If you live in Connecticut and are buying a used car, one of the things you'll need to do is transfer a title. When you buy at a dealership, this is done for you, but if you make your purchase from a private owner, you'll be responsible for making the transfer correctly.
But you don't need to let that worry you. In some cases, you and the seller may agree to meet at the DMV, where you can get the help of their employees to make sure you transfer things properly. If that's not a possibility for you, though, you can still make sure you understand how to transfer a car title in Connecticut. Here are the steps you should take.
1. Sellers Should Complete and Sign the Back of the Title
If you're the seller, you want to complete the information on the back of the Certificate of Title. Make sure you also sign it. Then you'll give the signed title to the buyer. Make a copy first, though, and keep it for your records.
If there's any confusion or concern about how to fill out the back of the title, getting help to complete it properly is a good idea. That reduces a lot of potential risks and problems later on.
2. Buyers and Sellers Should Create a Bill of Sale
There's no special form you have to use for a bill of sale when you transfer a title in Connecticut. You can use the bill of sale the DMV offers or create your own. If you're going to create your own, make sure it includes:
- Buyer's name and address
- Seller's name and address
- Vehicle description (including make, model, year, VIN, and color)
- Sales price
- Sale date
- Seller's signature
You can also include the buyer's signature and the odometer reading, but those items aren't required to transfer a car title in Connecticut. Knowing what to include in a bill of sale is really important since it can stop you from transferring the title if there's missing or incorrect information.
Not every state requires the same information on a bill of sale, either. Since Connecticut offers a form that can be filled out, many buyers and sellers just choose to use that. However, you certainly don't have to. Just be clear on what goes into the bill so you don't end up with concerns when you transfer a title at a later date.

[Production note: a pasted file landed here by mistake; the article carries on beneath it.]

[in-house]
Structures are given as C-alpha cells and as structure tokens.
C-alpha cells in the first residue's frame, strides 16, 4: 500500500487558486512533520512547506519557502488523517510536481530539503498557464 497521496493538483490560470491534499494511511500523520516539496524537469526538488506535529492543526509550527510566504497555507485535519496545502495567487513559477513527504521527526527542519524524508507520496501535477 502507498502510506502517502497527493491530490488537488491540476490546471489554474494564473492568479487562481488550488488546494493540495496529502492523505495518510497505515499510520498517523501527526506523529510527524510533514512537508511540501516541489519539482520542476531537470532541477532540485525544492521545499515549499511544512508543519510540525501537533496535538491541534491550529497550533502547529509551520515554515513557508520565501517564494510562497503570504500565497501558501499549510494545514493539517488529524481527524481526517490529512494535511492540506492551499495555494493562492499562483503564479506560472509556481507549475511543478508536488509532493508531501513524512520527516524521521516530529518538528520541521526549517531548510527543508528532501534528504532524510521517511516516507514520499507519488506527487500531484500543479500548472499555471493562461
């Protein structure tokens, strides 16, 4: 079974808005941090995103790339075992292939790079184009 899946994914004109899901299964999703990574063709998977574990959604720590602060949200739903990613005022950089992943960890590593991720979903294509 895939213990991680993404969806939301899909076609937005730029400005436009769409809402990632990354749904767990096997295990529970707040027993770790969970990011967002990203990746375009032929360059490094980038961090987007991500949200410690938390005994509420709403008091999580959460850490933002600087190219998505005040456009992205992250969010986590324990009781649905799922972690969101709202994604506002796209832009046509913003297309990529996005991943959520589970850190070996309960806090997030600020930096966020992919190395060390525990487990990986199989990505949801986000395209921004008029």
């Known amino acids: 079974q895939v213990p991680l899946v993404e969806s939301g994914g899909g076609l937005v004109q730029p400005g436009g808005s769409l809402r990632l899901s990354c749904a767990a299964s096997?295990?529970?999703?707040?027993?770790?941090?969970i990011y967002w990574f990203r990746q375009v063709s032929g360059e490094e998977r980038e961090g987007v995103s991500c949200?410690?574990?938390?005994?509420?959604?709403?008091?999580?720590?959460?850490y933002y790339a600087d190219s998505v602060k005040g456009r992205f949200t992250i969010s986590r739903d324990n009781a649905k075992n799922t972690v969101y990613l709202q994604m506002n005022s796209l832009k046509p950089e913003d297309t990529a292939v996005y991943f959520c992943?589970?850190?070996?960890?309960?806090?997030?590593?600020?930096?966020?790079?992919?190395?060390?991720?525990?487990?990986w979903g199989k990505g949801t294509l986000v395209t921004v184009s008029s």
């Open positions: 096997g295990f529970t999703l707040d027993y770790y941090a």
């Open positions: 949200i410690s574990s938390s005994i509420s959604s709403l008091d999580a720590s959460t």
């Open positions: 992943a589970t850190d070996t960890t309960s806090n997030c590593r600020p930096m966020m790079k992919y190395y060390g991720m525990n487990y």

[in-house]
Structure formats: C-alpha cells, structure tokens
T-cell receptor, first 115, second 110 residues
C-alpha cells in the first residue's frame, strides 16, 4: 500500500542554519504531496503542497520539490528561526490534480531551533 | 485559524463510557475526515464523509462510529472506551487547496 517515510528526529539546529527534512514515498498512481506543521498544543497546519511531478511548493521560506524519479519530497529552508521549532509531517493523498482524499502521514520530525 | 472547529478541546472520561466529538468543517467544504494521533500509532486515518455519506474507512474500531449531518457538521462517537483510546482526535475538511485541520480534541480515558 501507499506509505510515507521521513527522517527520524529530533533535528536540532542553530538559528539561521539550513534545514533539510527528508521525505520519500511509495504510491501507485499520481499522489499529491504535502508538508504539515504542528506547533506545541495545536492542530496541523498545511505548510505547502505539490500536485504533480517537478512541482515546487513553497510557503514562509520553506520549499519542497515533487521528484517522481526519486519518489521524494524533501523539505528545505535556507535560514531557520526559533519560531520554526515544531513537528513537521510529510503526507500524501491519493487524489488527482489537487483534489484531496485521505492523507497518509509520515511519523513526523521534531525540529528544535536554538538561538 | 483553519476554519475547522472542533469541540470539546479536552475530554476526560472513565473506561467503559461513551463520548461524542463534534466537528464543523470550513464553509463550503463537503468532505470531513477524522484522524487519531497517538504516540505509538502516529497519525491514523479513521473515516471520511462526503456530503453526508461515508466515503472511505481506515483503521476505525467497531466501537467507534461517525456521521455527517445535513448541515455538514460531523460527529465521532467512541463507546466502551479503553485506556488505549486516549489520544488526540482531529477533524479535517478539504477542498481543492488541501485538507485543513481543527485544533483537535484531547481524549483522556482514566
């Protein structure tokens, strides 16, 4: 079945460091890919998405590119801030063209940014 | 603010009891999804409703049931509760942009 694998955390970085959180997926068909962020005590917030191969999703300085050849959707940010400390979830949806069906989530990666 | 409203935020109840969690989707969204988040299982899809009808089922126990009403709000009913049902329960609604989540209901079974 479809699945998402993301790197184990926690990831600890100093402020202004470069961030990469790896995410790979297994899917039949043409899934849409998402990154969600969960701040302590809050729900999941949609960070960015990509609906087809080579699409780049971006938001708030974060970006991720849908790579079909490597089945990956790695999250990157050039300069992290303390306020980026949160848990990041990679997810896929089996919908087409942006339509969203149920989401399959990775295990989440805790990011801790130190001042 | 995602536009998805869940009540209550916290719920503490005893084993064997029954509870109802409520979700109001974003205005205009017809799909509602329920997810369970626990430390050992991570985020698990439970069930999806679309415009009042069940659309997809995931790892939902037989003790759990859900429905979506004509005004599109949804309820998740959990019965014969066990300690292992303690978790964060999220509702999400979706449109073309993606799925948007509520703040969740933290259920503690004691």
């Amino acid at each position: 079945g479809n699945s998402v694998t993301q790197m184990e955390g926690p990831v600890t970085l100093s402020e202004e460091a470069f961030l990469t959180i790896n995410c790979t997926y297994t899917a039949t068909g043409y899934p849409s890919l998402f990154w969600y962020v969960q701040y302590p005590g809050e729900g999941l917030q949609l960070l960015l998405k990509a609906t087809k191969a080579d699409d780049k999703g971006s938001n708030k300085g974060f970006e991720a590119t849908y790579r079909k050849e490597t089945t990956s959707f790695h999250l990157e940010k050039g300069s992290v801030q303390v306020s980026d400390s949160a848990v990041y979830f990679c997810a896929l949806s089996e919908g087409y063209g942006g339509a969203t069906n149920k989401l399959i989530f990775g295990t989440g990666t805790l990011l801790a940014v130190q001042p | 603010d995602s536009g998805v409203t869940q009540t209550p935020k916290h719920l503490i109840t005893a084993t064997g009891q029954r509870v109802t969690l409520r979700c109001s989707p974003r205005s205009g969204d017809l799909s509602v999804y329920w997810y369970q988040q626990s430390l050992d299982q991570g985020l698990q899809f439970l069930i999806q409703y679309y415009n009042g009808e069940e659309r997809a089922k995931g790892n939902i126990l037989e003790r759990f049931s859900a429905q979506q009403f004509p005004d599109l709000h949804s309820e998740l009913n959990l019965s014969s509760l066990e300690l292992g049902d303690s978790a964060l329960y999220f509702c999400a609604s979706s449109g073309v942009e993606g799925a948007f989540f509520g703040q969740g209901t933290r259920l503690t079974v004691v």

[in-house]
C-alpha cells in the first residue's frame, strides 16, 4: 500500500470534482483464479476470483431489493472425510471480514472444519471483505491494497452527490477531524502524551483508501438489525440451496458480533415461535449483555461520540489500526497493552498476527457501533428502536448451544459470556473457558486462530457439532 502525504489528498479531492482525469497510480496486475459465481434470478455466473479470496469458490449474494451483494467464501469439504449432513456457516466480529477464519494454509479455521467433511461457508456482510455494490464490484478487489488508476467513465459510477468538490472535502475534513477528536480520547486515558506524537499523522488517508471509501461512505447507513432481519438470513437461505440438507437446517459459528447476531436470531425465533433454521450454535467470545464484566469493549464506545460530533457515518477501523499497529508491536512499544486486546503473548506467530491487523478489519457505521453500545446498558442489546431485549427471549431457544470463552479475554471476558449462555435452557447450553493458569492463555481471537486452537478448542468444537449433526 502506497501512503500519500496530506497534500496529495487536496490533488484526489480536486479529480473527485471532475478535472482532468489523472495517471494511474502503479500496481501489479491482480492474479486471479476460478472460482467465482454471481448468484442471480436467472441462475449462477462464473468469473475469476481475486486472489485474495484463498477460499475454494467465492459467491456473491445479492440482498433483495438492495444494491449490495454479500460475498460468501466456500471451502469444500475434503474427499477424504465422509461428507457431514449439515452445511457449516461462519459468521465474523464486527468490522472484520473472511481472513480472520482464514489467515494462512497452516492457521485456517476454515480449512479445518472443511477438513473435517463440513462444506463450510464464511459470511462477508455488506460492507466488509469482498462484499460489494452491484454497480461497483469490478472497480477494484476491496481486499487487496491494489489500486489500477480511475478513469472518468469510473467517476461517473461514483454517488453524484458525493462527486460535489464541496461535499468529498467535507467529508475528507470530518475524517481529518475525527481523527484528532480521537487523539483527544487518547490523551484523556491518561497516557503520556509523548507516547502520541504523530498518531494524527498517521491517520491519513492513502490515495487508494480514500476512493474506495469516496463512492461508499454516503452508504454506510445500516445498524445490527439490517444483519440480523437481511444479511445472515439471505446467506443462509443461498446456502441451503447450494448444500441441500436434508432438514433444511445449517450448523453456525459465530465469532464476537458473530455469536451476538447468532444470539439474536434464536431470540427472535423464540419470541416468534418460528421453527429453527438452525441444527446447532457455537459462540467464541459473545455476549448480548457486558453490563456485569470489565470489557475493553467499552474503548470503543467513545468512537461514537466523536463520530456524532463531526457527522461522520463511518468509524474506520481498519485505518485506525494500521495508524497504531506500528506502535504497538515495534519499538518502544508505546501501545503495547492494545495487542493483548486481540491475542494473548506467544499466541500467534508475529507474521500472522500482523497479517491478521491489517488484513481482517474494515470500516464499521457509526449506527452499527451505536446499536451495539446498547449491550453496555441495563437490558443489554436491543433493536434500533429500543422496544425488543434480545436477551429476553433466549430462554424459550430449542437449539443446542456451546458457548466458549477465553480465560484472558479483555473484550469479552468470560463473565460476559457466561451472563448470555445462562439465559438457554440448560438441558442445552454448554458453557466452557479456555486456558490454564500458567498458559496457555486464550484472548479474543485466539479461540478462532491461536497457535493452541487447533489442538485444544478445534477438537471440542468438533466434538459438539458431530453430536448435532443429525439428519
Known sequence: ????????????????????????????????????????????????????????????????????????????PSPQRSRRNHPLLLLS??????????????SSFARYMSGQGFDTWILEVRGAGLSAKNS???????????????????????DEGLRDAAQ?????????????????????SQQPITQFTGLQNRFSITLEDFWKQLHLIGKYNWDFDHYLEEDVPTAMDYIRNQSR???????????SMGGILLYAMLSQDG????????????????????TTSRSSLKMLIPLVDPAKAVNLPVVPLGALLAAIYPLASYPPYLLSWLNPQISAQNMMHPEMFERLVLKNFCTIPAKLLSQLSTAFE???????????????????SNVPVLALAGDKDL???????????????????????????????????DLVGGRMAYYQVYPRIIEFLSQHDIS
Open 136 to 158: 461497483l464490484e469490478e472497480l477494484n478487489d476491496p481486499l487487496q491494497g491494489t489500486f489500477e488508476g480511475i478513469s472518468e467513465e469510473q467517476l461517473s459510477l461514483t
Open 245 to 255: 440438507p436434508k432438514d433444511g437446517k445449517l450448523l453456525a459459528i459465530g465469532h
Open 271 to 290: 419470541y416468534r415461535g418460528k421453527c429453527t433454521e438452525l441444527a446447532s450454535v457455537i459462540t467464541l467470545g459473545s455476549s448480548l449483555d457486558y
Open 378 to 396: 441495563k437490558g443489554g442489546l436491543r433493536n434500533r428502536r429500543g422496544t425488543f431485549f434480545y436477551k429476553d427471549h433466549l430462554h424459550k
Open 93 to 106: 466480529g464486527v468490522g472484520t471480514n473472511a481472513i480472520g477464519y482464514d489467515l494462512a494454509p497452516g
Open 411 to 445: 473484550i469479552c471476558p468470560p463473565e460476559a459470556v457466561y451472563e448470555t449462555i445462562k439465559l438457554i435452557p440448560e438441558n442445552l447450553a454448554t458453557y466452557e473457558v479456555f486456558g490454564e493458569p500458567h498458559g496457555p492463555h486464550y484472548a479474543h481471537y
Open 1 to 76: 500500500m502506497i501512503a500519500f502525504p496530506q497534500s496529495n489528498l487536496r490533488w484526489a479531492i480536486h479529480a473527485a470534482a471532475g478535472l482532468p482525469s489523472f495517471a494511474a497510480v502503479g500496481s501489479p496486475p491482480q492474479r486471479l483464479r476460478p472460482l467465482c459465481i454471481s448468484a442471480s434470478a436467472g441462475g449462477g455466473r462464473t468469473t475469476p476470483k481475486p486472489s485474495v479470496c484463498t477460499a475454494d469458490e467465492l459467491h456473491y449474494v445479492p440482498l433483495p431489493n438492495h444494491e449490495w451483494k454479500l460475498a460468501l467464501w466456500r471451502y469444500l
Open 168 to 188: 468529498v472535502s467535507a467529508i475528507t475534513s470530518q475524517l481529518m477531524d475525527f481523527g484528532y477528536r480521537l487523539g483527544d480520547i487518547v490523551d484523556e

3. Sellers Should Remove Their Plates and Cancel Their Registration
The seller will want to take their license plates off of the vehicle they're selling and cancel their registration for that vehicle. The registration can be canceled online, making it easier for sellers to get that done. If you choose that option, be sure you print out your receipt for your records and proof of the cancellation date.
Sellers generally want the fastest way they can sell their car, but they also need to make sure they're following all the right rules. It can be tempting to just sign the title and hand it over, but the buyer will have a hard time getting it registered in their name without a properly completed bill of sale and title. As a seller, taking the time to handle those things correctly is important.
4. Buyers Should Register the Vehicle and Apply for Title
Once the buyer has the signed and completed title from the seller, they need to apply for a title in their own name and get the vehicle registered. Registration is by appointment only, so you'll want to make an appointment that lines up with when you're getting the title from the seller.
You can also make an appointment for some time in the future, but you'll want to make sure the car is somewhere it can safely sit, such as your garage or driveway. You can't drive the car without plates and registration, but you don't want to leave it with the seller if you can't get a registration appointment right away.
5. A Note for Sellers
While you transfer a title from a seller to a buyer in Connecticut isn't difficult, there are two very important issues sellers need to be aware of. Until the registration is canceled:
- You need to keep liability insurance on the vehicle
- The vehicle is subject to property tax in its town of record
Don't cancel your car insurance until you're sure the DMV cancels the registration. Also, make sure you keep proof of the date of the cancellation, so you can show it to the tax assessor if you get a bill for the car after it's been sold.
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